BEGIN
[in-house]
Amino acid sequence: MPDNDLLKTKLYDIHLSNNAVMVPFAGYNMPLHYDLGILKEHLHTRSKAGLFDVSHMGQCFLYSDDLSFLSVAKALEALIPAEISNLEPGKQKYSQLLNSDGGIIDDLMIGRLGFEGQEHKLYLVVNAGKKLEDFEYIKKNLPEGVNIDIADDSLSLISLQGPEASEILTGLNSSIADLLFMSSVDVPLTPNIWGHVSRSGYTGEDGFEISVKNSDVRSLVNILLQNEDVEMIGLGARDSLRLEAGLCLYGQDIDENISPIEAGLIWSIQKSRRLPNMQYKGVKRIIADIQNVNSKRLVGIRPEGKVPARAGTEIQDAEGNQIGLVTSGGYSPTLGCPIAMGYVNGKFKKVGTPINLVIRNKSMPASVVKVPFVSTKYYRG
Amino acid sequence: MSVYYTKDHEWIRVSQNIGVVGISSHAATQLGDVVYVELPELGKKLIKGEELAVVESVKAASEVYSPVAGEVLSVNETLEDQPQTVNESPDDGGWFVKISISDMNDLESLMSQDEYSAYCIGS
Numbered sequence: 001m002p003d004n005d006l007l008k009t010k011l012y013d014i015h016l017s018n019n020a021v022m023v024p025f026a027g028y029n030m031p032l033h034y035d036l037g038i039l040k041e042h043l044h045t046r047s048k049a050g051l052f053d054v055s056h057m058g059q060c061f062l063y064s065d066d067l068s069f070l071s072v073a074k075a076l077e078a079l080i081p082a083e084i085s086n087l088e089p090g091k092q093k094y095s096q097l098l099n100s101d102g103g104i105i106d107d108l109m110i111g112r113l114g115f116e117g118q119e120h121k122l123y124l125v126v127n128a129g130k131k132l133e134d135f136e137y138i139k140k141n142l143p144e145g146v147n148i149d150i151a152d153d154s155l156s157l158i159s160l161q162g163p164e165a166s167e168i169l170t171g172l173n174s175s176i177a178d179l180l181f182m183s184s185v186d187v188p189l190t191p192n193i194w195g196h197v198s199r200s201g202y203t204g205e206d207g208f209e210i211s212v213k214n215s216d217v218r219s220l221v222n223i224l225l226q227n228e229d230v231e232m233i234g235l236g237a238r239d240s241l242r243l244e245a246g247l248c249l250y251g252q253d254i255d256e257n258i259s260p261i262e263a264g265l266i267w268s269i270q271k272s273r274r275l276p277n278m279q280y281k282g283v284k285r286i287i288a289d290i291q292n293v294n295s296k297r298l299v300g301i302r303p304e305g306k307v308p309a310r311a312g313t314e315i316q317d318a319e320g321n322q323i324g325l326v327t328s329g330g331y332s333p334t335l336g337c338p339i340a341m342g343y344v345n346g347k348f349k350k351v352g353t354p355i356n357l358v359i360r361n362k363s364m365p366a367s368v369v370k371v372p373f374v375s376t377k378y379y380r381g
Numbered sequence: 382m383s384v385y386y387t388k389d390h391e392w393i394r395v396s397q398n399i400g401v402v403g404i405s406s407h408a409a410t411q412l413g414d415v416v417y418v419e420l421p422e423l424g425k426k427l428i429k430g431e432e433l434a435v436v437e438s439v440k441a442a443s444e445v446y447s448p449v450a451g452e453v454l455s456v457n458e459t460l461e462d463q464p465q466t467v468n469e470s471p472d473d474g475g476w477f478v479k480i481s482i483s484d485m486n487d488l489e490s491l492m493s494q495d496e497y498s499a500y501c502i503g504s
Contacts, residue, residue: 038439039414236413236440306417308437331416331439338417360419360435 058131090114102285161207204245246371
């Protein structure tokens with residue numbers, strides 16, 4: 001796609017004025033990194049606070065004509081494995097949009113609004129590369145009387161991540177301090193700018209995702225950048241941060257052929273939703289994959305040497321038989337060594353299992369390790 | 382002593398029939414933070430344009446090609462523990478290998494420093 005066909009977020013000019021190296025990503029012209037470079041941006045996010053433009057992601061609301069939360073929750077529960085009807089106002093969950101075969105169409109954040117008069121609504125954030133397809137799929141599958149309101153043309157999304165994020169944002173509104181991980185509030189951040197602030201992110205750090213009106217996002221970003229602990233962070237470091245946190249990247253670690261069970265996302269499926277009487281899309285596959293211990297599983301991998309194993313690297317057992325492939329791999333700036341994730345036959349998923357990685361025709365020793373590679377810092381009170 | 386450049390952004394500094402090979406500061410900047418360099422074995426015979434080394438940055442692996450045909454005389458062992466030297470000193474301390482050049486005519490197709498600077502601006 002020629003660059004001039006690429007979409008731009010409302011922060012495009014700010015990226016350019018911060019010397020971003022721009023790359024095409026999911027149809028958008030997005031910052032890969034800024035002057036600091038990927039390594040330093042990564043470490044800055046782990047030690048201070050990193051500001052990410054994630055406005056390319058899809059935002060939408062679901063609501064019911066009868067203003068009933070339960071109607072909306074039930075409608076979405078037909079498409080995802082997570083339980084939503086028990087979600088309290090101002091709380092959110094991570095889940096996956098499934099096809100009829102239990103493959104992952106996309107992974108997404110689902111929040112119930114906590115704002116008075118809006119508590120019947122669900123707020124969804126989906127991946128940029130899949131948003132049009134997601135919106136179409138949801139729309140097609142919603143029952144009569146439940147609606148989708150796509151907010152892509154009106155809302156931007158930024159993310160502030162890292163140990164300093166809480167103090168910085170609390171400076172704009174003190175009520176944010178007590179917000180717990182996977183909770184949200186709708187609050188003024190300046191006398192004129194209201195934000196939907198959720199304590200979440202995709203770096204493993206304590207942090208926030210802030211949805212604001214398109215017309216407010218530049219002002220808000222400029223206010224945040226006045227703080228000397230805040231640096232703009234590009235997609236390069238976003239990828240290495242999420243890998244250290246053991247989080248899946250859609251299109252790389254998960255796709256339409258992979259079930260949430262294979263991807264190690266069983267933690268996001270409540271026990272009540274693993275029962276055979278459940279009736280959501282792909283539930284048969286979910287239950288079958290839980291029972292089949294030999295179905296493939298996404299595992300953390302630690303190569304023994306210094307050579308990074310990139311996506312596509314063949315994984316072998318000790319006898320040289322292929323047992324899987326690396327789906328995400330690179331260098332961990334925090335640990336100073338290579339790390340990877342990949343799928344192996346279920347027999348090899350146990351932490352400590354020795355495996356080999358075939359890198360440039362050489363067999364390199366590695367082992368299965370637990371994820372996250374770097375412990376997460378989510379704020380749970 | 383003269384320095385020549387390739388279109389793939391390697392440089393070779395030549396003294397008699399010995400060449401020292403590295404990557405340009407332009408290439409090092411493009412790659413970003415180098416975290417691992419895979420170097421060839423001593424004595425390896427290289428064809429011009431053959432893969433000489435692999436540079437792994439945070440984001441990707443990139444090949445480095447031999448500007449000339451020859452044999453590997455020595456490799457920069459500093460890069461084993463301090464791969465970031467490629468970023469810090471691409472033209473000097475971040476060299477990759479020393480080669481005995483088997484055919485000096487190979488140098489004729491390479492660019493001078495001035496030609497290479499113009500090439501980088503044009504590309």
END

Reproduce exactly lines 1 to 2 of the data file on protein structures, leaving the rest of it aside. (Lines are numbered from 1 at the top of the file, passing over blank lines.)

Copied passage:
[in-house]
Amino acid sequence: MPDNDLLKTKLYDIHLSNNAVMVPFAGYNMPLHYDLGILKEHLHTRSKAGLFDVSHMGQCFLYSDDLSFLSVAKALEALIPAEISNLEPGKQKYSQLLNSDGGIIDDLMIGRLGFEGQEHKLYLVVNAGKKLEDFEYIKKNLPEGVNIDIADDSLSLISLQGPEASEILTGLNSSIADLLFMSSVDVPLTPNIWGHVSRSGYTGEDGFEISVKNSDVRSLVNILLQNEDVEMIGLGARDSLRLEAGLCLYGQDIDENISPIEAGLIWSIQKSRRLPNMQYKGVKRIIADIQNVNSKRLVGIRPEGKVPARAGTEIQDAEGNQIGLVTSGGYSPTLGCPIAMGYVNGKFKKVGTPINLVIRNKSMPASVVKVPFVSTKYYRG